The puppets we saw were all full human size.
They were used in a puppet play that is called “The Ward of our Lady of Mercy.”
The “Ward of our Lady of Mercy” takes place during dark times in Slovenia.
Sickness, poverty and Fascism were the breeding grounds of brutality, ignorance and cruelty.
The play tells the story of fourteen little girls in a convent hospital, left there by their parents to die of various ailments, many of syphilis passed on by their abusive parents, or by the caretakers themselves.
The puppet show was performed by fourteen actresses all dressed in white.
They drifted between animating the puppet girls and rolling them around the stage in their wooden wheelchairs, to becoming the girls and acting as the girls would, while their puppets sat waiting.
I asked if the puppets had clothing or hair during the performances, but Bojana told me that the puppets performed just as they are now.
They were meant to represent the essence of the young girls, not their physical bodies.
The puppets’ frail bodies and white faces with no hair were meant to represent both their raw emotional innards, their sweet souls, and the fact that the girls were on the verge of death.
Despite being disabled, being held in a locked ward in which they all ate and slept waiting for death, Bojana told us that the girls retained their senses of humor, gentleness and even went through spiritual transformations, which made the play rather optimistic, shining with rays of light.
Despite the fact that the themes of the play were religion and death, it was not accepted well when it was first performed.
It ran into trouble with both the state censors and the critics, one famously calling it “refined pornography, brought to artistic perfection,” because of the erotic content of two chapters detailing the sexual abuse of some of the girls.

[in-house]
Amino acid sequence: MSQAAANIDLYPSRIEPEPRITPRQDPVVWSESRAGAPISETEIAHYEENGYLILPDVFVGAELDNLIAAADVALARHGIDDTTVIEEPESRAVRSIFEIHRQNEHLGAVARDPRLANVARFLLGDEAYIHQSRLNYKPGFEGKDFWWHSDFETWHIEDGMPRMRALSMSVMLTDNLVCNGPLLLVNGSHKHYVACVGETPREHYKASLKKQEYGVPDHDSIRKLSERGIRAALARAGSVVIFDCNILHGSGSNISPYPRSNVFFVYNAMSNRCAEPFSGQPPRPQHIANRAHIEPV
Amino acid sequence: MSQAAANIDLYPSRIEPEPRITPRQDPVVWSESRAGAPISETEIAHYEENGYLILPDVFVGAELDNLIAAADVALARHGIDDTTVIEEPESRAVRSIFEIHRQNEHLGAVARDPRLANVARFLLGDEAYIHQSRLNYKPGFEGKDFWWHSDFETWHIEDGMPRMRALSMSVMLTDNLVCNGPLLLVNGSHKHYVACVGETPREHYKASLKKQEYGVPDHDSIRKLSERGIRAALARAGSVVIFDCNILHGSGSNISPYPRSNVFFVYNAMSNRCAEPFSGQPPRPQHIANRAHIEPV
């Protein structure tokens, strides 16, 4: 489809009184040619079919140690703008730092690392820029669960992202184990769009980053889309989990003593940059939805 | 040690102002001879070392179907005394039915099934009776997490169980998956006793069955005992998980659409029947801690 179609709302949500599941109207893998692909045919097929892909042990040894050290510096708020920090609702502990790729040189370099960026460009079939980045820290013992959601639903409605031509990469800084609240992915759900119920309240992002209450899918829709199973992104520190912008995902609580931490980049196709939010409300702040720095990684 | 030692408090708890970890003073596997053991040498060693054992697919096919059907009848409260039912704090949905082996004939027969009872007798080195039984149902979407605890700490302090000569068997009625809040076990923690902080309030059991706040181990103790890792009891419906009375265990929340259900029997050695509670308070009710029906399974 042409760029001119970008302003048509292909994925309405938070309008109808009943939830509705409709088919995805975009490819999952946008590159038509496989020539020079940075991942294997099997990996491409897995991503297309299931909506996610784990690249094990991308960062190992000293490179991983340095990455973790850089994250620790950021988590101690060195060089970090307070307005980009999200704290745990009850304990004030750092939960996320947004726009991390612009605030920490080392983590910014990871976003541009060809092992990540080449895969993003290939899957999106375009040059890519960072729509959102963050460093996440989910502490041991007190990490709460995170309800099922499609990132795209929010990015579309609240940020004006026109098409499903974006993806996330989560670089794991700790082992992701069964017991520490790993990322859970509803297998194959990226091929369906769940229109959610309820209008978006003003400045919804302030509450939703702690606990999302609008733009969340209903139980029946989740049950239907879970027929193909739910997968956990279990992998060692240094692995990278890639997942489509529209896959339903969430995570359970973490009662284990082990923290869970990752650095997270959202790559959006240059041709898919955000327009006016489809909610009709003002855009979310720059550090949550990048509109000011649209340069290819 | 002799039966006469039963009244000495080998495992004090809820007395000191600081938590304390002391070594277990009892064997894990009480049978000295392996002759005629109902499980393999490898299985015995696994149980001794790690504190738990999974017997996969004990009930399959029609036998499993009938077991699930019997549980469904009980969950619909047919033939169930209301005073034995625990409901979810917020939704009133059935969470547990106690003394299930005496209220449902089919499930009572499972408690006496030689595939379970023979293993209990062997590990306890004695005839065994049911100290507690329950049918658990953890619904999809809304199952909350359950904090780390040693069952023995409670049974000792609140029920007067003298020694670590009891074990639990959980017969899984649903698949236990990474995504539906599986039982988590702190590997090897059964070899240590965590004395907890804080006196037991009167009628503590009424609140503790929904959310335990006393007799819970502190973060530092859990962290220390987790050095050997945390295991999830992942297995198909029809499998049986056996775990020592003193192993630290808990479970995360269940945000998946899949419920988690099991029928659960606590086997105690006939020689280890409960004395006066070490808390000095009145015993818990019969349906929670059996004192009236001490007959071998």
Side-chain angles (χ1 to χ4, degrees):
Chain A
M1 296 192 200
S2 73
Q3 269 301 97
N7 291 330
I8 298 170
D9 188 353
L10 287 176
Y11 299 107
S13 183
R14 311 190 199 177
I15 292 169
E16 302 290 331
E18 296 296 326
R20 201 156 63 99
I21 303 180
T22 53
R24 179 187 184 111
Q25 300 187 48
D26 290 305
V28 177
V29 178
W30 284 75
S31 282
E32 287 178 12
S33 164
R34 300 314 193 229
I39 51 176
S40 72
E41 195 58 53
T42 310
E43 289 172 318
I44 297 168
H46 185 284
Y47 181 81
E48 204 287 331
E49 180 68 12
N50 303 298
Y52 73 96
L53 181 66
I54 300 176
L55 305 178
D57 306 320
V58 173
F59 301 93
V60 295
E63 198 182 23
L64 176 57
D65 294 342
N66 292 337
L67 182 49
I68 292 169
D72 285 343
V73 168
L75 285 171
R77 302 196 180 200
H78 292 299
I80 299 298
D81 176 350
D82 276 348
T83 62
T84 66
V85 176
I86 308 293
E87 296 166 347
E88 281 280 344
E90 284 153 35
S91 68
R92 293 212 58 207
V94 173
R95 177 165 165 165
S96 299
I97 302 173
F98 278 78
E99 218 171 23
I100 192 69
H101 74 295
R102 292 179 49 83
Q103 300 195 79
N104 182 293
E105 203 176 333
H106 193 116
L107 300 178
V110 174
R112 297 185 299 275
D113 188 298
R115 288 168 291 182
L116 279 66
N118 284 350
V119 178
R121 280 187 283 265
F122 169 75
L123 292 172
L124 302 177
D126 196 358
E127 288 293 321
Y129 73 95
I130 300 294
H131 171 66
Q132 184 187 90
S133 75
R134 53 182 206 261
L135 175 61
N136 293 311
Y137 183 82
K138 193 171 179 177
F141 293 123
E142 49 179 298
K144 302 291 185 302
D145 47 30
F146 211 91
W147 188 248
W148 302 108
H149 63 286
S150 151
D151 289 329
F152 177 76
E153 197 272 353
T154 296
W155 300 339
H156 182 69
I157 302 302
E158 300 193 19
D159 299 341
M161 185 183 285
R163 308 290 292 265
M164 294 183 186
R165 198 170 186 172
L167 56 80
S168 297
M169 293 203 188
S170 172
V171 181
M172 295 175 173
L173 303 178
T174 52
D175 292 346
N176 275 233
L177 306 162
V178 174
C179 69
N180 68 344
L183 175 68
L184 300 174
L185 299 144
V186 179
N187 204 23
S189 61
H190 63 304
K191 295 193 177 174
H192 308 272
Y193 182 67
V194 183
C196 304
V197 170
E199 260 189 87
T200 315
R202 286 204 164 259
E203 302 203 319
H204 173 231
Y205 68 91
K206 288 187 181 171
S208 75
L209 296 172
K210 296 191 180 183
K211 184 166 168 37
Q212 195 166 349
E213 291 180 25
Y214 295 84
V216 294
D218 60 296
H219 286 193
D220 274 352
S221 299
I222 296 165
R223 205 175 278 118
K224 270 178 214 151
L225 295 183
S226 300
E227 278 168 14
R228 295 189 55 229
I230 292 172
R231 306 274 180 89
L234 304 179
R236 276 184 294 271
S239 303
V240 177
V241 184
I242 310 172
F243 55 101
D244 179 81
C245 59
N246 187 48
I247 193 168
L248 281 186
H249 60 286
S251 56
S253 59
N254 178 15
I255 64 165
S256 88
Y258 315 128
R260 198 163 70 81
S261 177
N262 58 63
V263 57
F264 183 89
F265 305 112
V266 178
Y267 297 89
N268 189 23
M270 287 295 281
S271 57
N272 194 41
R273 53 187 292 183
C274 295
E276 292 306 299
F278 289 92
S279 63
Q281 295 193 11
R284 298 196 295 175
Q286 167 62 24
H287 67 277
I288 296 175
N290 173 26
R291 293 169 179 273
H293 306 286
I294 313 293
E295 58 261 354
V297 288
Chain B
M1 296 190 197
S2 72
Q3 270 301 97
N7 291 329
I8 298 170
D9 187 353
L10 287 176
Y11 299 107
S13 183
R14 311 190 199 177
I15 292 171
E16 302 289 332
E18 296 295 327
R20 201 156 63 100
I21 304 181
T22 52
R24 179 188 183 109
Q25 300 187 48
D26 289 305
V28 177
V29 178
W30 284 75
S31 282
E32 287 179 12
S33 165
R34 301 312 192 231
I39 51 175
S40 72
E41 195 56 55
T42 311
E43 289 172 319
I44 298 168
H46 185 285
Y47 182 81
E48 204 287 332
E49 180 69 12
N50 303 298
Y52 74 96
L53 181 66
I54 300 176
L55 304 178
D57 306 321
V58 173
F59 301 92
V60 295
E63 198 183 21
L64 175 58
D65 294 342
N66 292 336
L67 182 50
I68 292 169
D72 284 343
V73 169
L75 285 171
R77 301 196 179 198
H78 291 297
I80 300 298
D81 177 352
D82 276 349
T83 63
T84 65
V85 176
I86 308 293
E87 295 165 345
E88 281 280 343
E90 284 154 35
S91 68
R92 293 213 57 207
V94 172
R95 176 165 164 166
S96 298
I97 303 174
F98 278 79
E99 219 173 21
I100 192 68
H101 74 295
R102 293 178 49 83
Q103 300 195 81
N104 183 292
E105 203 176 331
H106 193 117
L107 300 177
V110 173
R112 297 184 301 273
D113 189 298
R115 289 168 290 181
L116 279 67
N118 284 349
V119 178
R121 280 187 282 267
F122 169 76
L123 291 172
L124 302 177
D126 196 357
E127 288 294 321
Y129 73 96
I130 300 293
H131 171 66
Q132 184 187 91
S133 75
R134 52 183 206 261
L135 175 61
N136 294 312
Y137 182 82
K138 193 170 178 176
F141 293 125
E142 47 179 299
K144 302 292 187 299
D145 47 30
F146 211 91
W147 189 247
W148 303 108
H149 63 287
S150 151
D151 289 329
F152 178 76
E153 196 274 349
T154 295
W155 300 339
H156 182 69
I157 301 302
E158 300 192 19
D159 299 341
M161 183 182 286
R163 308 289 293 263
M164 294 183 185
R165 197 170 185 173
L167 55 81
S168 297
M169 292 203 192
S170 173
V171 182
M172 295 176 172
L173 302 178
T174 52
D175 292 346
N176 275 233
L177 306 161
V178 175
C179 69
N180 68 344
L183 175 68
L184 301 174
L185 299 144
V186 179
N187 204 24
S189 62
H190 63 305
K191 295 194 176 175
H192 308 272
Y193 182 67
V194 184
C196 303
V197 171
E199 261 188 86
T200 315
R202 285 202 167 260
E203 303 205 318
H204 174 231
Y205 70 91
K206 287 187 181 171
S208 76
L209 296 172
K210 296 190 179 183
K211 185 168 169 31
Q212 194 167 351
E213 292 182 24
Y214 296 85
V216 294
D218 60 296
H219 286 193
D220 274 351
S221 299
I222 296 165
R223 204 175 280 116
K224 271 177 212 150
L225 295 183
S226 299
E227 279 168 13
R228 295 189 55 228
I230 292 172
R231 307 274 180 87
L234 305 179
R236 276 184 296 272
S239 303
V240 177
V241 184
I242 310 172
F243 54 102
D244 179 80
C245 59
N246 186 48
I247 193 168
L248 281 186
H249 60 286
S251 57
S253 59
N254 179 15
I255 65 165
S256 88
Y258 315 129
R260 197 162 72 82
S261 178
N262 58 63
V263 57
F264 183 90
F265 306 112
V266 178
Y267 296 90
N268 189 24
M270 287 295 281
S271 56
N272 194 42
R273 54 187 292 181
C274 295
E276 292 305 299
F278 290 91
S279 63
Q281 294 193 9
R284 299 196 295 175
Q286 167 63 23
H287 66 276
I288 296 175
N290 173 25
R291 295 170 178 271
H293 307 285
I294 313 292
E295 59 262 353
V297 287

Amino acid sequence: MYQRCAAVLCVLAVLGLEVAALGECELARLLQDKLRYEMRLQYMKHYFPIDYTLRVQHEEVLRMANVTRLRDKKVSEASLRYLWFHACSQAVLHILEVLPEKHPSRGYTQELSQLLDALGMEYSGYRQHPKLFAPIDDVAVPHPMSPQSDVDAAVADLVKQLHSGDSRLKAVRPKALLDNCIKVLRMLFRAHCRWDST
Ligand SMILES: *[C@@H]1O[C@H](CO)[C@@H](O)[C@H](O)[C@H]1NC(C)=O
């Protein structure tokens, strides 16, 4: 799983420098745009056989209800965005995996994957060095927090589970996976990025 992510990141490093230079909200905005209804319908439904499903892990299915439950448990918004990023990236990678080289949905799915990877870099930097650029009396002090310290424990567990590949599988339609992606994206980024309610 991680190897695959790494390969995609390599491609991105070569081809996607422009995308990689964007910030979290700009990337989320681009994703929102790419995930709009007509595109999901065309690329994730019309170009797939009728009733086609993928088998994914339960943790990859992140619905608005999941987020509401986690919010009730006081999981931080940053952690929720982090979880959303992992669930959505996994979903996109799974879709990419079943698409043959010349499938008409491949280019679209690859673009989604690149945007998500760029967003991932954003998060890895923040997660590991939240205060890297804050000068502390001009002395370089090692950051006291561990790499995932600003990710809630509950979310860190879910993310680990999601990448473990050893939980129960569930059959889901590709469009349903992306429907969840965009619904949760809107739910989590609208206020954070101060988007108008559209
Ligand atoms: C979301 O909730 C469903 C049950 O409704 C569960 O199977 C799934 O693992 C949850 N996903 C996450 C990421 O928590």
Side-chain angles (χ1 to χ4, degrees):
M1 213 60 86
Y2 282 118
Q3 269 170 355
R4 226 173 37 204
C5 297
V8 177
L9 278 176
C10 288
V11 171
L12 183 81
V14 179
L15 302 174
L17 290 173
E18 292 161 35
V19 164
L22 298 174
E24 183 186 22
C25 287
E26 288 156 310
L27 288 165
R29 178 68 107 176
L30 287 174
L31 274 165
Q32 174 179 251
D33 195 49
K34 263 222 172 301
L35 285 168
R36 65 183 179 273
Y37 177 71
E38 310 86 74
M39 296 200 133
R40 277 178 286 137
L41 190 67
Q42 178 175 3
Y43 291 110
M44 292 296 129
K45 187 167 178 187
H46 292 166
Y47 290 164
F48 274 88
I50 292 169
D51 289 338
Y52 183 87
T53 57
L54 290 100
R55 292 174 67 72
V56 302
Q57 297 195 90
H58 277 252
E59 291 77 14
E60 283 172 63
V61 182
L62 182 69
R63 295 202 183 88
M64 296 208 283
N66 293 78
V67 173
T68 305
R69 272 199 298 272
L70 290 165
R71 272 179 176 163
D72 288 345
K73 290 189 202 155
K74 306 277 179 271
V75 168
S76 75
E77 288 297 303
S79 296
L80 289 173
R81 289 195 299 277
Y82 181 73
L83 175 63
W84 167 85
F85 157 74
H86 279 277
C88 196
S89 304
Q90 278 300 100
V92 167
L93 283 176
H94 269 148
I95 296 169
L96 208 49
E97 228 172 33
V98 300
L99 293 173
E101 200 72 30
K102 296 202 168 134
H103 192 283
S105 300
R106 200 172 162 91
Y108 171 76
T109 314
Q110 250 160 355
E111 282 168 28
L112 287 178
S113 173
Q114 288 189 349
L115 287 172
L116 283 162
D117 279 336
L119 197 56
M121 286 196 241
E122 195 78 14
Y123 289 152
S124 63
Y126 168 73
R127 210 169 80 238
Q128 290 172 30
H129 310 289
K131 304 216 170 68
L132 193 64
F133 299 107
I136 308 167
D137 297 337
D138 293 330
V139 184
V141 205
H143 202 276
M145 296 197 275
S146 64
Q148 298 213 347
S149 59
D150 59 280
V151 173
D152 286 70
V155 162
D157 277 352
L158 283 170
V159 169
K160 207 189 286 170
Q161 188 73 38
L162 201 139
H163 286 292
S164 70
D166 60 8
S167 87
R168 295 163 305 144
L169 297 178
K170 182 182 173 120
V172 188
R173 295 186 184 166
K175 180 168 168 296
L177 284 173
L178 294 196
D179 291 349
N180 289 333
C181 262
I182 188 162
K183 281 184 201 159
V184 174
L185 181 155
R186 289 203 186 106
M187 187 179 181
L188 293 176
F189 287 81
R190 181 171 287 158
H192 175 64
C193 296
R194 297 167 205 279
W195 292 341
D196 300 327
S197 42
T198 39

But the play has persevered because of the transcendent main character, Malchie, whose death is depicted as a sort of mystical transformation, a final redemption from her life’s hardship and misery, and a forgiveness for humanity, even for the most cruel and oppressive people among us.
In Maribor, we stayed in a fabulous modern apartment inside a renovated old hotel.
Along the river Drava, we saw the oldest producing grapevine in the world.
(It is in the Guinness Book of World Records.)
The white swans seemed to glide effortlessly on the Drava river, perhaps because I couldn’t see their webbed feet paddling under water.
Some swans rested on the green riverbanks, eating the grass vigorously.
I guess they needed to balance their diet, much like dogs do when their stomachs are too acidic.
Maribor had much for us to see, including painted old churches, a cathedral, an old castle that was renovated into a museum with amazing Slovenian treasures, a puppet theater, medieval towers, street musicians, farmers markets and many cafes, among them my new favorite tea salon.
Outside Maribor’s puppet theater, we ran into a couple from Estonia.
The man gave us some tips about traveling around the area and said that his wife is a puppeteer, hoping to get a job in the theater in Maribor.
She was trained in Russia and was looking to see if they would let her have a tryout in Maribor.
He asked us when we were planning to visit his home town of Talinn, Estonia, but we didn’t leave enough time on this trip to make it there, so we had to tell him, “Next time!”
From here we move on towards the Slovenian Alps and the Lakes region.
Wishing you lots of joy,